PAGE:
Ordinary

Feb 2, 2022 | Gratitude & Other Reflections, Op-Ed

The WORST Insult

I never wanted to be “ordinary.” From the first time my mom, majoring in Psychology and studying statistics, showed me a Bell curve, I was determined to be anything but “average.” I don’t know why being on the top of that particular hill struck me as the last place I wanted to be; after all, she made it clear that, statistically, it was “normal.” It was where most people fell, on the curve. So “normal,” “average,” and “ordinary” – like crowds – were things to be avoided. Maybe it was just my introverted nature to want to be in the company of “extraordinary” people. Not extraordinary in the sense that they were geniuses like Einstein, or had cured the world of polio, like Salk – just extraordinary in the sense of being uncommon. Because if I were like everybody else, what would be the point of me?

Herd Animals

Humans are herd animals. That’s neither a good thing nor a bad thing. It’s in our nature to divide the world into “us” and “them” – to protect “us” against “the enemy” (without having to think too terribly long and hard about whether “they” are truly enemies or merely friends we haven’t met, yet), and to shun the extraordinary, even as we profess to admire it. Is that different sort of creature one of “us” or is it “them”? You’d think we were smart enough, evolved enough, to accept and embrace the things that make us different, while recognizing our common humanity.

But we don’t do that. Reject the herd or care too much about being rejected, and the herd can be cruel. We have to care a little – because the herd doesn’t like to be rejected, either. Rejecting the herd is the fast track to being ostracized from it, as well. It’s one thing to be a bit different but being ostracized from the herd can be deadly. It withdraws its protections. It others us and turns against us.

That said, worrying too much about being ostracized gives the herd’s bullies their ammunition. Being different can be like wearing a target on your back. Ask any grade school kid. Ask any middle schooler who is clearly too smart for the grades that show up on their report card. Odds are, they’re hiding behind a fear of being rejected by the herd. Some of us manage to thrive on the periphery of the herd, frolicking out in the field and not worrying too much about the funny looks and occasional cliques that close us out. We like our own company. We have a few good friends in the herd who won’t let us starve or be bullied too badly. We make our own fun, and we share it with anyone who is silly, curious, adventurous – most of all, anyone who simply lets us be, without insisting we conform in order to get along.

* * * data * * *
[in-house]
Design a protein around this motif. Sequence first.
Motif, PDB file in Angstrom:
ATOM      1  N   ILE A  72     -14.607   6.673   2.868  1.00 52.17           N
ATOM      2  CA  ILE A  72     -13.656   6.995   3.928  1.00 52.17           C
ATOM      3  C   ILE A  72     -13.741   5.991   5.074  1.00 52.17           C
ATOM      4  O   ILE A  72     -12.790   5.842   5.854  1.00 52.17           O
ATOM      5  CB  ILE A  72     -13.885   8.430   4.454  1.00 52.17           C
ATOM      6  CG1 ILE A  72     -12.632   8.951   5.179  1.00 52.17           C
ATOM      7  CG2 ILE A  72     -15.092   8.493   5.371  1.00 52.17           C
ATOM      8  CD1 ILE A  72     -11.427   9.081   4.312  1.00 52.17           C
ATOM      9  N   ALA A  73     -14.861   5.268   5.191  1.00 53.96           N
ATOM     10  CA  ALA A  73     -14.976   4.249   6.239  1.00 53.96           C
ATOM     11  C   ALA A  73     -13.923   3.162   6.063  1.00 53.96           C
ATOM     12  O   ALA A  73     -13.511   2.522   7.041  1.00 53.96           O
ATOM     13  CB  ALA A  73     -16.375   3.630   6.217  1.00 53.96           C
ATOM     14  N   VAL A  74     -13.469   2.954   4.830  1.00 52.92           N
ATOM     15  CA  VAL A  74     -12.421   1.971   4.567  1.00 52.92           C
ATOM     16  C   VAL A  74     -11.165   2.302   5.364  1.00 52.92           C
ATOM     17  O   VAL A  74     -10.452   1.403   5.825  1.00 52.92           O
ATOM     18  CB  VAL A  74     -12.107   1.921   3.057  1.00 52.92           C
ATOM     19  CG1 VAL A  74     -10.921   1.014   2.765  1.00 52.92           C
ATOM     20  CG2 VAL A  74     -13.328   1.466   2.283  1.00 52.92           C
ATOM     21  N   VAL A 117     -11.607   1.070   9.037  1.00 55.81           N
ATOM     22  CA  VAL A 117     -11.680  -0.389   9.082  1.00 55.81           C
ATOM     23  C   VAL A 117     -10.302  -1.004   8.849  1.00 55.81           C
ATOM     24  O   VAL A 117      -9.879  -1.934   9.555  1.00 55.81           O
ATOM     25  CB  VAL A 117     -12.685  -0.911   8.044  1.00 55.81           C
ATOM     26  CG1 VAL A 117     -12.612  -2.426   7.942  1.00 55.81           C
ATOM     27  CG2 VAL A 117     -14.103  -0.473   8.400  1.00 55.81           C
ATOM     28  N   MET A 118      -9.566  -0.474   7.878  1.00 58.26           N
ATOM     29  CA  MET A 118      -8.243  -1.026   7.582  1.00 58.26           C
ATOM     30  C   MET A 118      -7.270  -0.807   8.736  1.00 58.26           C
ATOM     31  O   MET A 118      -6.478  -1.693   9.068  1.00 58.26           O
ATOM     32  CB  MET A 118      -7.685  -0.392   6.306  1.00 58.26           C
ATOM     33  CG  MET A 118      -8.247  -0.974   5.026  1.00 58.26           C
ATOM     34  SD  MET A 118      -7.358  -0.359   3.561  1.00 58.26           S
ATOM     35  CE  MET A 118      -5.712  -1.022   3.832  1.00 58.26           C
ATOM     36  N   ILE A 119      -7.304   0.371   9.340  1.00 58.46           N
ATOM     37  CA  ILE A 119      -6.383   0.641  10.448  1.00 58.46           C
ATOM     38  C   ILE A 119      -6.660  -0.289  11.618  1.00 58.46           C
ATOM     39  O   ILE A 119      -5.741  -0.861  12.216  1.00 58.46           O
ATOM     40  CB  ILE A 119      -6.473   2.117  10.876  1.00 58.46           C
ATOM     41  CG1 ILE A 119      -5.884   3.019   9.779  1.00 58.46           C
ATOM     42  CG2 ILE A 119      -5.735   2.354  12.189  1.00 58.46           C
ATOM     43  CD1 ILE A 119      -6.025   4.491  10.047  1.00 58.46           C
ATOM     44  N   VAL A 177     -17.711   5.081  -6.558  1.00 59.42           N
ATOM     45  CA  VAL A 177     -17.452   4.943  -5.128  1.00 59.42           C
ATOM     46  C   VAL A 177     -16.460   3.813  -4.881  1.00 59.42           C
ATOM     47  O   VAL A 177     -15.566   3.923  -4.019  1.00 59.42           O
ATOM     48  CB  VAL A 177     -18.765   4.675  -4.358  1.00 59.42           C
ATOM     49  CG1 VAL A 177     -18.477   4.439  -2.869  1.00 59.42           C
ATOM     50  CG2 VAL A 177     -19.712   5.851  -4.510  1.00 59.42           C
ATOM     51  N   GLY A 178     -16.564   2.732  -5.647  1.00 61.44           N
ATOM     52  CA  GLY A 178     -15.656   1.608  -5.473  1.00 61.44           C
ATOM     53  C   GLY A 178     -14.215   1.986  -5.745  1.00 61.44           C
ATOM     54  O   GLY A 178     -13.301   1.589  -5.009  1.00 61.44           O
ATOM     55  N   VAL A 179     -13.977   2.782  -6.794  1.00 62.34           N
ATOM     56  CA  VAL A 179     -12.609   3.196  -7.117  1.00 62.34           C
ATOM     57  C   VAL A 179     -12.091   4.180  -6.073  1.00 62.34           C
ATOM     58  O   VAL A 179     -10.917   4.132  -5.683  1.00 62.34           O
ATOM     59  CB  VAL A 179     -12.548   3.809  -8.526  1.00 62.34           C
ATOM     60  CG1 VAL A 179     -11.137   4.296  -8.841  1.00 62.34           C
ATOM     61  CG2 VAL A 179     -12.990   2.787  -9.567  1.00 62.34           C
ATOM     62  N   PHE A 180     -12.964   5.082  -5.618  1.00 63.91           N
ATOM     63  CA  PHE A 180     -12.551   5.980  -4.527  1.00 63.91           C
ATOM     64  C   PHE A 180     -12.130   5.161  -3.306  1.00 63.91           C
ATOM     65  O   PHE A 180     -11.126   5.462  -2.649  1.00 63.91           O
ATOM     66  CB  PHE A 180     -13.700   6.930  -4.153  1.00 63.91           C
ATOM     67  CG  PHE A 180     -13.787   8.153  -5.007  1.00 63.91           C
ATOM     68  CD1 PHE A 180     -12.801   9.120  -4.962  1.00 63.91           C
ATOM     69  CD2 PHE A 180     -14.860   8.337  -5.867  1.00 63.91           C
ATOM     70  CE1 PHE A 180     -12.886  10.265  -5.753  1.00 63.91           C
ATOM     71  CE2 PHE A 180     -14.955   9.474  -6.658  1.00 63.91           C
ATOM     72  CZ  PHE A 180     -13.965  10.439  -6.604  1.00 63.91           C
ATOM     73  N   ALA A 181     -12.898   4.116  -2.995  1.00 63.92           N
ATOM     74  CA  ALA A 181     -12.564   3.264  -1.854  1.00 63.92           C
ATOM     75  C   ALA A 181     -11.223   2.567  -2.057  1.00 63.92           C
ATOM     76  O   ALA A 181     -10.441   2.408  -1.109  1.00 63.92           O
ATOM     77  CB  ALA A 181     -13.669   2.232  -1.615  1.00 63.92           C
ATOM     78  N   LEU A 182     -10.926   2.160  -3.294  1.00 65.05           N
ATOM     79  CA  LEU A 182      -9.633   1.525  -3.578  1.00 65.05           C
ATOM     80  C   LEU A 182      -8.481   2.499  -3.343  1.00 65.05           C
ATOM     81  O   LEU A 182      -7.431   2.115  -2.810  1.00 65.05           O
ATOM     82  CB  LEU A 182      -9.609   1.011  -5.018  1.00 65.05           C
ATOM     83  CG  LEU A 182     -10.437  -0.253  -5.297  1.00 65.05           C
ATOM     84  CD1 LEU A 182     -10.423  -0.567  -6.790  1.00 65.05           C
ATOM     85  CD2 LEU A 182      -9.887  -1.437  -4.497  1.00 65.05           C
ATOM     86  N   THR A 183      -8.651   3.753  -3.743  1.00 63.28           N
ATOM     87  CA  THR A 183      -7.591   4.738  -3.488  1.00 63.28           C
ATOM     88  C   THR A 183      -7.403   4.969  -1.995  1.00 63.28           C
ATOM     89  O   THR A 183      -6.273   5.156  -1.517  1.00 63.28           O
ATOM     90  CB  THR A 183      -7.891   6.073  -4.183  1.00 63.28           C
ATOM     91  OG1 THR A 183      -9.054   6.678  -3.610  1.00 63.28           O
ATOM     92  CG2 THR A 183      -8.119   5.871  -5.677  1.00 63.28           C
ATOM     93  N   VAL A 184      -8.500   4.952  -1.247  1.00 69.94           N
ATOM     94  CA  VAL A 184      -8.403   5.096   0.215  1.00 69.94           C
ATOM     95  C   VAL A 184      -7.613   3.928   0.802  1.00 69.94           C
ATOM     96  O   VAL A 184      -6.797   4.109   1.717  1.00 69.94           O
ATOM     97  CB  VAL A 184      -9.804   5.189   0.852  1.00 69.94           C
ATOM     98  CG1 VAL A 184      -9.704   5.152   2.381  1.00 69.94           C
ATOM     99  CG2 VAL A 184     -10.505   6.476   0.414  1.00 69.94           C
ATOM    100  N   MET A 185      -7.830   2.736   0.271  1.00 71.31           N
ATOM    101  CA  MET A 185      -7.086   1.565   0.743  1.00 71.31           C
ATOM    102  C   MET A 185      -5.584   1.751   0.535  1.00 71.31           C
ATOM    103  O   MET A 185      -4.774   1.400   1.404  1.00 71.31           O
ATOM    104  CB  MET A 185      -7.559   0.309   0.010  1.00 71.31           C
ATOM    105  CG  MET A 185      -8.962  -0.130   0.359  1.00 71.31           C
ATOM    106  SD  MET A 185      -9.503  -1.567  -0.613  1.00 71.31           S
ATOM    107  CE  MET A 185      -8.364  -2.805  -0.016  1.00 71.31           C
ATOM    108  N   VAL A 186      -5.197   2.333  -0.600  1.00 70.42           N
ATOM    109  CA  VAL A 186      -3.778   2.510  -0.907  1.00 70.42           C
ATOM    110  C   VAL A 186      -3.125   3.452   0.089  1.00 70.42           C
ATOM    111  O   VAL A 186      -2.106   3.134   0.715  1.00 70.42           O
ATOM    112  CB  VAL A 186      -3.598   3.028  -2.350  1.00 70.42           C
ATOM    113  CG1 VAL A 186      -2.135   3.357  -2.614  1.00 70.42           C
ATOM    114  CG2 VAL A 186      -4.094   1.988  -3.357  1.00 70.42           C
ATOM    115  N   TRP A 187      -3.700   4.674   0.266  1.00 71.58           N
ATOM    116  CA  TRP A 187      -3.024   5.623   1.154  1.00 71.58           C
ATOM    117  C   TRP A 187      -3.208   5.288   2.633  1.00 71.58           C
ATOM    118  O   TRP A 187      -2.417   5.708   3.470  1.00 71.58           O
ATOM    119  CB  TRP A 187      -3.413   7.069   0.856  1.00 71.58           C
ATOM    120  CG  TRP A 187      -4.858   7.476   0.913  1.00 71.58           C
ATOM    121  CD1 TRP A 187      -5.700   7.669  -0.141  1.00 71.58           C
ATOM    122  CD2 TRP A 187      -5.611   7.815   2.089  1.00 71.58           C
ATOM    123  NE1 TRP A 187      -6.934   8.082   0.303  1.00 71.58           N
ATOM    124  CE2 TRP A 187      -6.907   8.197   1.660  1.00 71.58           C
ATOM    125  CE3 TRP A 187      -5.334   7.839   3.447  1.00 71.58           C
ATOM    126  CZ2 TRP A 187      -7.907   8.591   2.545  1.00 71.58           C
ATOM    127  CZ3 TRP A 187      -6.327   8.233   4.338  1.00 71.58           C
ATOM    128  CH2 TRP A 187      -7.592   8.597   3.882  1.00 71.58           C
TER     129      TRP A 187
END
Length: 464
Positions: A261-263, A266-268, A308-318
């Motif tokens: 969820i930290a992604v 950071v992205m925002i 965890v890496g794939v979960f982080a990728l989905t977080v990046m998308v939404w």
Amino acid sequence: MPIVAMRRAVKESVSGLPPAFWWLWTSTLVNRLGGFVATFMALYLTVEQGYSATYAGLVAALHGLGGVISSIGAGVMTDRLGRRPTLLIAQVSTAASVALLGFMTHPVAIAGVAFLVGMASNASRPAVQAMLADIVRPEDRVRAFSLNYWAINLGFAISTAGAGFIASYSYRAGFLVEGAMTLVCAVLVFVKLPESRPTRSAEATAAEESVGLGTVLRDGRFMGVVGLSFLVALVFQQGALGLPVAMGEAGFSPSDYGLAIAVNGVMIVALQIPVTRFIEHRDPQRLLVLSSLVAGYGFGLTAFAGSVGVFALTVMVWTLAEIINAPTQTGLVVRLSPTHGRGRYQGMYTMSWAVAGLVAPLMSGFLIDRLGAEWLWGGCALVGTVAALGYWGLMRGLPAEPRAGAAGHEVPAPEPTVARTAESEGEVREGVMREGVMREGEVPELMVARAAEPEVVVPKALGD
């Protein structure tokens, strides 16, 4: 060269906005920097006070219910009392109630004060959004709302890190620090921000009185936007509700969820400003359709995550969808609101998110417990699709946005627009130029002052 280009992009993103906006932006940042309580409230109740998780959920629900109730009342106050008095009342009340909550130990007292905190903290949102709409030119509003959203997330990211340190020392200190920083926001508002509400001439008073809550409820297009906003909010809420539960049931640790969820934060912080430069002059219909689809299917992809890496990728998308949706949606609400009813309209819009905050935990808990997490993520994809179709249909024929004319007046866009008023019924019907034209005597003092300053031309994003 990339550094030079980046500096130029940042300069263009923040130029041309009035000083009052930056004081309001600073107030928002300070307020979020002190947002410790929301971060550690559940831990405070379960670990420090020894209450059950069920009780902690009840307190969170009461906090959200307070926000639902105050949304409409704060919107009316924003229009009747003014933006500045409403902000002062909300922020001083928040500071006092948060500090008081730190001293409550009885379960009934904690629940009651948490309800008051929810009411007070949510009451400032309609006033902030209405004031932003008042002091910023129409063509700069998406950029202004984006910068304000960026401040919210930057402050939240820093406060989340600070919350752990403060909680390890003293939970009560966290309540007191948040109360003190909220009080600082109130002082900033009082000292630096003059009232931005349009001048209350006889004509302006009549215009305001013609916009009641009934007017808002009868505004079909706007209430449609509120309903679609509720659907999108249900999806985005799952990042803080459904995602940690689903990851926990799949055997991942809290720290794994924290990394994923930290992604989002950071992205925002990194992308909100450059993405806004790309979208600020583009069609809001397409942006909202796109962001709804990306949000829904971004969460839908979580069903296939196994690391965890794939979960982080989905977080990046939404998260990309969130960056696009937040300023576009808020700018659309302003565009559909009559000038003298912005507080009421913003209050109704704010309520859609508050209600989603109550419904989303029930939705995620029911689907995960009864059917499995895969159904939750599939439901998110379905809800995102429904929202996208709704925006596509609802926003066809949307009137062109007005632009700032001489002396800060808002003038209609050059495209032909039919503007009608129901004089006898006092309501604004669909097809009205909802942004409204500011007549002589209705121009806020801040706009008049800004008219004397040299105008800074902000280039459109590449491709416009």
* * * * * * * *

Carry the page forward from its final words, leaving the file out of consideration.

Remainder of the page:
The longer I live, the more I believe that there’s nothing wrong with being ordinary. Without the Bell curve telling us what’s “normal” or “average,” how would we ever recognize the extraordinary? And not all sorts of “extraordinary” are to be aspired to. Even the most accomplished scientist may be lacking in empathy. The brilliant mathematician may not know how to communicate with their musically-talented son or artistically-expressive daughter. But there’s nothing wrong with being the purple cow, standing out from the herd in some way while being entirely normal in other ways. I’d argue that those differences make the herd stronger and more adaptable by adding to its wealth of experience and knowledge.


I’m taking part in Anita Ojeda’s #Write28Days. Today’s prompt – well, yesterday’s, but I’m backdating this! – was “Ordinary.” There’s no law that says I have to stick to the prompts, which is exactly why I used them on days one and two. Otherwise, I’d have been my usual cantankerous self and said, “You’re not the boss of me, Anita!” and done something completely different. God forbid, after this post, anyone should accuse me of being “normal.”

At least one person doesn’t think of me as normal. Rasheed Hooda, aka “Mister Weirdo,” invited me to be a guest on an upcoming episode of his podcast, Embrace Your Inner Weirdo. He’s heard the story of how my parents once gave me a keyring that said, “I like you. You’re weird.” I guess he feels the same. Check it out, and watch for an upcoming episode (I don’t have a date, and that’s probably just as well, given how I feel about the sound of my own voice) where we talk about how we met, what we mean by “weird,” and how to nurture your – or your child’s – inner weirdo.

Holly Jahangiri is the author of Trockle, illustrated by Jordan Vinyard; A Puppy, Not a Guppy, illustrated by Ryan Shaw; and the newest release: A New Leaf for Lyle, illustrated by Carrie Salazar. She draws inspiration from her family, from her own childhood adventures (some of which only happened in her overactive imagination), and from readers both young and young-at-heart. She lives in Houston, Texas, with her husband, J.J., whose love and encouragement make writing books twice the fun.

17 Comments

  1. Rasheed Hooda

    The episode will air, or go live, on March, 1, 2022, to honor your birth month. That’s right, you deserve more than a day of recognition and celebration.
    Rasheed Hooda recently posted…Hello world!My Profile

    Reply
    • Holly Jahangiri

      I hope it turns out good, or like the Groundhog, I’ma tuck in and declare six more weeks of winter. No pressure… LOL